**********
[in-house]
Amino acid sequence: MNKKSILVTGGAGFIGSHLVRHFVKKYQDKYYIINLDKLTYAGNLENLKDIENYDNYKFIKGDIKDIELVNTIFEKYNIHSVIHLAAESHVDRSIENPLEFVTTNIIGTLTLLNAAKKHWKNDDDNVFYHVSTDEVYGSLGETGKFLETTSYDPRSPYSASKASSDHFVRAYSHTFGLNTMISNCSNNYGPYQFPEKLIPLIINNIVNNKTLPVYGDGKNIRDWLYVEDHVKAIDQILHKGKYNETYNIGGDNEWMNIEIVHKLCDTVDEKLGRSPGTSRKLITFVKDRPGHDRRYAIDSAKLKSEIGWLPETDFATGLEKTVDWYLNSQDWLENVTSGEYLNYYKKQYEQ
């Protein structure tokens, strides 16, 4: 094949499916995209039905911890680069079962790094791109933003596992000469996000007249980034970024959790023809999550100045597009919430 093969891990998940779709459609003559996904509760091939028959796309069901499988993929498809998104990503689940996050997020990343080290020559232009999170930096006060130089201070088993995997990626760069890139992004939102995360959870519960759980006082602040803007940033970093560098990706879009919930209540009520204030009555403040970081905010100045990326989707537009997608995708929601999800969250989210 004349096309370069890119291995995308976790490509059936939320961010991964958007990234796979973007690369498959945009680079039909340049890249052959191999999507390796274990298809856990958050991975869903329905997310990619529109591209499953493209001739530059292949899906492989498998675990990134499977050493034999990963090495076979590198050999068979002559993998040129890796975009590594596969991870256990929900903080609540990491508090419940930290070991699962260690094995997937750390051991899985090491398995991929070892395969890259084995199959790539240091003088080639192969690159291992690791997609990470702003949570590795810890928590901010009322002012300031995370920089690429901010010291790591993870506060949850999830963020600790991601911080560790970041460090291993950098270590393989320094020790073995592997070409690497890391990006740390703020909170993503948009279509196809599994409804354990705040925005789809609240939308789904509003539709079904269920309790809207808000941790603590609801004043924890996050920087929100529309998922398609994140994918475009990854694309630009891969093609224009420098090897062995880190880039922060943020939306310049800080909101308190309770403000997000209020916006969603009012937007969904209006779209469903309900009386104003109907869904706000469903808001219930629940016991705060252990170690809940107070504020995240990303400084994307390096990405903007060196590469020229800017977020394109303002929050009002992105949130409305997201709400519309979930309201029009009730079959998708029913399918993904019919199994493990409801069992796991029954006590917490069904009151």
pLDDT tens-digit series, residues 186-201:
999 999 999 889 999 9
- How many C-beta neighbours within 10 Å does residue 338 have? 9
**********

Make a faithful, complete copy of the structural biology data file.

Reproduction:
[in-house]
Amino acid sequence: MNKKSILVTGGAGFIGSHLVRHFVKKYQDKYYIINLDKLTYAGNLENLKDIENYDNYKFIKGDIKDIELVNTIFEKYNIHSVIHLAAESHVDRSIENPLEFVTTNIIGTLTLLNAAKKHWKNDDDNVFYHVSTDEVYGSLGETGKFLETTSYDPRSPYSASKASSDHFVRAYSHTFGLNTMISNCSNNYGPYQFPEKLIPLIINNIVNNKTLPVYGDGKNIRDWLYVEDHVKAIDQILHKGKYNETYNIGGDNEWMNIEIVHKLCDTVDEKLGRSPGTSRKLITFVKDRPGHDRRYAIDSAKLKSEIGWLPETDFATGLEKTVDWYLNSQDWLENVTSGEYLNYYKKQYEQ
């Protein structure tokens, strides 16, 4: 094949499916995209039905911890680069079962790094791109933003596992000469996000007249980034970024959790023809999550100045597009919430 093969891990998940779709459609003559996904509760091939028959796309069901499988993929498809998104990503689940996050997020990343080290020559232009999170930096006060130089201070088993995997990626760069890139992004939102995360959870519960759980006082602040803007940033970093560098990706879009919930209540009520204030009555403040970081905010100045990326989707537009997608995708929601999800969250989210 004349096309370069890119291995995308976790490509059936939320961010991964958007990234796979973007690369498959945009680079039909340049890249052959191999999507390796274990298809856990958050991975869903329905997310990619529109591209499953493209001739530059292949899906492989498998675990990134499977050493034999990963090495076979590198050999068979002559993998040129890796975009590594596969991870256990929900903080609540990491508090419940930290070991699962260690094995997937750390051991899985090491398995991929070892395969890259084995199959790539240091003088080639192969690159291992690791997609990470702003949570590795810890928590901010009322002012300031995370920089690429901010010291790591993870506060949850999830963020600790991601911080560790970041460090291993950098270590393989320094020790073995592997070409690497890391990006740390703020909170993503948009279509196809599994409804354990705040925005789809609240939308789904509003539709079904269920309790809207808000941790603590609801004043924890996050920087929100529309998922398609994140994918475009990854694309630009891969093609224009420098090897062995880190880039922060943020939306310049800080909101308190309770403000997000209020916006969603009012937007969904209006779209469903309900009386104003109907869904706000469903808001219930629940016991705060252990170690809940107070504020995240990303400084994307390096990405903007060196590469020229800017977020394109303002929050009002992105949130409305997201709400519309979930309201029009009730079959998708029913399918993904019919199994493990409801069992796991029954006590917490069904009151």
pLDDT tens-digit series, residues 186-201:
999 999 999 889 999 9
- How many C-beta neighbours within 10 Å does residue 338 have? 9